New Jersey’s top elections official asked the state’s attorney general Wednesday to conduct a criminal investigation into a ballot petition submitted by a candidate aiming to challenge Gov. Phil Murphy in this year’s Democratic primary.
Secretary of State Tahesha Way wrote in a final opinion on Lisa McCormick’s ballot petition that, given the allegations of “fraud and violations of criminal law,” she was ordering the matter be referred to Attorney General Gurbir Grewal and the Division of Criminal Justice for investigation.
The attorney general’s office declined to comment on the referral.
Way also on Wednesday formally adopted the opinion of administrative law judge Jeffrey Rabin, who ruled Tuesday that McCormick’s petition of nearly 2,000 signatories was invalid.
A message seeking comment was left with McCormick.
Way is also weighing another judge’s ruling rejecting another potential Democratic challenger to the first-term governor. Roger Bacon’s petition was rejected by a judge on Tuesday.
The secretary of state has the final say in whether the judges’ rulings stand. Both McCormick’s and Bacon’s petitions were ruled to be invalid, and neither should appear on the June 8 primary ballot.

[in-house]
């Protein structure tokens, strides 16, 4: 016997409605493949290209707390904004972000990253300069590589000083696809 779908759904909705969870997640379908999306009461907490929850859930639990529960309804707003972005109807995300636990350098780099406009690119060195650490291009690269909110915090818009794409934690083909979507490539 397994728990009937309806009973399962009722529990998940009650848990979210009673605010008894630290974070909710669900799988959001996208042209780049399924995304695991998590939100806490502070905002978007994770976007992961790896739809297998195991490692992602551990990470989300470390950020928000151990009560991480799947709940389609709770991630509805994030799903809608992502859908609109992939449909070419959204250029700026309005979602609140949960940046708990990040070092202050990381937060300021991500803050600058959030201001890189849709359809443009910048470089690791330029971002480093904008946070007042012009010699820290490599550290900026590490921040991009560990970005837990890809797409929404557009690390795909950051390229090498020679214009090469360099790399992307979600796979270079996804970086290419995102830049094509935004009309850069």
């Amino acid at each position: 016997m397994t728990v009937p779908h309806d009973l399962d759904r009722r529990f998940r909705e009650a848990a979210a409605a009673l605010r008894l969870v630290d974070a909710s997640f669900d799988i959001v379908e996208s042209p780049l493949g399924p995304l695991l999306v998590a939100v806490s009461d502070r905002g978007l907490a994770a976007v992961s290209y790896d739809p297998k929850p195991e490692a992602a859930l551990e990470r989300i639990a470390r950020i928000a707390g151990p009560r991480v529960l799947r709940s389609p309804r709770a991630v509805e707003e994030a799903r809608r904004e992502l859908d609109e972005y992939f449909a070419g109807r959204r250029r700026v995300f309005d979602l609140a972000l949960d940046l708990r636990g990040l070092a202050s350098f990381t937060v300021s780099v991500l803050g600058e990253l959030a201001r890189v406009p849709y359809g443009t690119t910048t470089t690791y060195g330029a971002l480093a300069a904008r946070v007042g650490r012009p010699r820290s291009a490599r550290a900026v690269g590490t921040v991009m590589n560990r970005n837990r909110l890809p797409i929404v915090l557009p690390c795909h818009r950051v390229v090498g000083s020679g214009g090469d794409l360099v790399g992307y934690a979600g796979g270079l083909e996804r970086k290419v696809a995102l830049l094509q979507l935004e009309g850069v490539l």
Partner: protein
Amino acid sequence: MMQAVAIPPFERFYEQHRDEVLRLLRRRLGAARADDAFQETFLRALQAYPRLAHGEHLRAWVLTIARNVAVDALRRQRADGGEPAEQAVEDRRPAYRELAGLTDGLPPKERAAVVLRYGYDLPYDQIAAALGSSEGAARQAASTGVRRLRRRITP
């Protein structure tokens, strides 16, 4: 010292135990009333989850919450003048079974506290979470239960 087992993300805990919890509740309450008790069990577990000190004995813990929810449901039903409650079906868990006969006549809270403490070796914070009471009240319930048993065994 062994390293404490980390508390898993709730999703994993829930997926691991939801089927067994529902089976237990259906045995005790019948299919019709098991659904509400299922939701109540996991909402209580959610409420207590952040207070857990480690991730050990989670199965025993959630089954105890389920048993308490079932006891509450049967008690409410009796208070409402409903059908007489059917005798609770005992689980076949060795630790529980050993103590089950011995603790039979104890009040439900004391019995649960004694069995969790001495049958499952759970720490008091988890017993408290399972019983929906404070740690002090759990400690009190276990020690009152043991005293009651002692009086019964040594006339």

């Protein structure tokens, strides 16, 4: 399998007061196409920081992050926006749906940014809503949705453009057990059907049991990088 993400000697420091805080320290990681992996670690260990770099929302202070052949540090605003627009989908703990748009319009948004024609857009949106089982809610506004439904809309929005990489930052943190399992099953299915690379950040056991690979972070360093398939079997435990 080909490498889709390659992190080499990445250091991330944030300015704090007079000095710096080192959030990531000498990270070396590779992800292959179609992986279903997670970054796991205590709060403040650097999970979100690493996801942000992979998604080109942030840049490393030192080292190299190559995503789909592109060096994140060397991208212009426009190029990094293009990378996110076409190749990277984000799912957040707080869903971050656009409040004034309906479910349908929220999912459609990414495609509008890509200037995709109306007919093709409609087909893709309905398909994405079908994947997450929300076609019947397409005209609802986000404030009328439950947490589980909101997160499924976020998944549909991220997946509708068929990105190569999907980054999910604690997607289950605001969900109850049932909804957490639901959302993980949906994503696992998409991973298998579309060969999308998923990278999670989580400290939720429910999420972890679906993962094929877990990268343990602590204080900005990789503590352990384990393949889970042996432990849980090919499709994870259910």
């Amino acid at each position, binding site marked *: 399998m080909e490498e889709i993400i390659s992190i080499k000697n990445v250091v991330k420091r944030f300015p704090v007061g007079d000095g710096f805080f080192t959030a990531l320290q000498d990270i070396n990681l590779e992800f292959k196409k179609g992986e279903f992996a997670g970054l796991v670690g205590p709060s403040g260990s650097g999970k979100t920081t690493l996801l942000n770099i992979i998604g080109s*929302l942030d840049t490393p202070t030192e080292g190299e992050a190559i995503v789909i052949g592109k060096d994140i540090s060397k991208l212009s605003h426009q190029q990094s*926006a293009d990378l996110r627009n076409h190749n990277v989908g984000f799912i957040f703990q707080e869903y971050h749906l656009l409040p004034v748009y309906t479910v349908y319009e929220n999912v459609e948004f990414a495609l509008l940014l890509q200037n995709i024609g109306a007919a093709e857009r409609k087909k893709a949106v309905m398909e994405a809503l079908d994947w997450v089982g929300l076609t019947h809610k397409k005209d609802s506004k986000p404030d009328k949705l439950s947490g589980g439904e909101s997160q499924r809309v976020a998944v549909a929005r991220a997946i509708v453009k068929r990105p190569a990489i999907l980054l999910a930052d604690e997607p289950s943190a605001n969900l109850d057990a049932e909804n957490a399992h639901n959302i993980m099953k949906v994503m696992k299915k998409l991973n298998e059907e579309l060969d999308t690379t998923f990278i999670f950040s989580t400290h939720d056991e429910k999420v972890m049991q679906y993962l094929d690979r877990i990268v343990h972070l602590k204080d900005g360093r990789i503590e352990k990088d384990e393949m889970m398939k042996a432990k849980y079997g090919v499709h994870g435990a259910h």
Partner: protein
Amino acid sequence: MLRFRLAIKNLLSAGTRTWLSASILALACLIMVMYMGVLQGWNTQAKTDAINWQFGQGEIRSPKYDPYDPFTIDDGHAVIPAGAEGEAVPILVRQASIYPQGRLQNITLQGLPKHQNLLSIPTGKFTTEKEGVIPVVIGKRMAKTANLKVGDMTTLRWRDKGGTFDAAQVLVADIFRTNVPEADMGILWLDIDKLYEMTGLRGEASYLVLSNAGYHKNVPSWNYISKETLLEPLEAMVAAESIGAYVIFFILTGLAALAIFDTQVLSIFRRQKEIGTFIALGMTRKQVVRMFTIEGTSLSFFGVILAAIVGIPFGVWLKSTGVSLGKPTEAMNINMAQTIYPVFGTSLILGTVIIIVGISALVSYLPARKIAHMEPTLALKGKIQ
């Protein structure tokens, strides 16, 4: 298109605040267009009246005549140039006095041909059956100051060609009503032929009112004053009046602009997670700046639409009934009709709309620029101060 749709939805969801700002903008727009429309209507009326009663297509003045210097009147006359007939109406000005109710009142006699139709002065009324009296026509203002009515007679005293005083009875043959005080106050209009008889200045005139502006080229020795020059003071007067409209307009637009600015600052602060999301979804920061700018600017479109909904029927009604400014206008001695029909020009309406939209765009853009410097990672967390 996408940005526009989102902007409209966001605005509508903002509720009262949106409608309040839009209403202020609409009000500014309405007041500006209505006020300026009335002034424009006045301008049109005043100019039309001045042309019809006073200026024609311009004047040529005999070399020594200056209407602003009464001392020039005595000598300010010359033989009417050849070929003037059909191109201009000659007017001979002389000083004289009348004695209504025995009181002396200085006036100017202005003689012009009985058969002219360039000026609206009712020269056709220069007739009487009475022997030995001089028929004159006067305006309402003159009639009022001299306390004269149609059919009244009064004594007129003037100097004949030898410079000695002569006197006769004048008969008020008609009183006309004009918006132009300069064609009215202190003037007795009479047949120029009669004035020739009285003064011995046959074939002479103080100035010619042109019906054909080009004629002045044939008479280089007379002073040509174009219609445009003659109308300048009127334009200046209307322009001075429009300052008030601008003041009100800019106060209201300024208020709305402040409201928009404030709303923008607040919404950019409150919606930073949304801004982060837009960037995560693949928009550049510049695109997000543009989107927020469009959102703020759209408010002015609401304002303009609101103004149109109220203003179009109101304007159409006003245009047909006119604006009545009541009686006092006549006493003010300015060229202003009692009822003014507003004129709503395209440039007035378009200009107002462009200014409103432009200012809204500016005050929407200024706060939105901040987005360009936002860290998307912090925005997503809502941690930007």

McCormick, a progressive who ran unsuccessfully for U.S. House in 2020 and U.S. Senate in 2018, filed a petition with nearly 2,000 signatures. Candidates for governor must get at least 1,000 signatures to get on the ballot under state law.
It was challenged by the state Democratic Committee, alleging that McCormick used a kind of automated form to fill out voters’ names. The state Democratic Committee discovered that on some lines, instead of a voter’s name, the words “First Name Middle Name Last Name” appeared. Lawyers argued it was an indication of a fraudulent scheme to merge a mailing list with the petition form.
During a hearing on Monday, McCormick did not appear or answer the challenge to her petition in writing. Five people testified that their names were on the petition despite not authorizing them to appear, and at least two signers were found to have died before they were said to have signed the petition, according to the ruling from administrative law judge Jeffrey Rabin.
“While election laws should be liberally construed so as not to deprive voters of their political voice, the laws cannot be circumvented using fraudulent methods,” Rabin wrote. “While it might be ideal to give voters more choices in primary elections, there was no evidence in the within matter that any registered voters had displayed interest in having Lisa McCormick on their primary ballot.”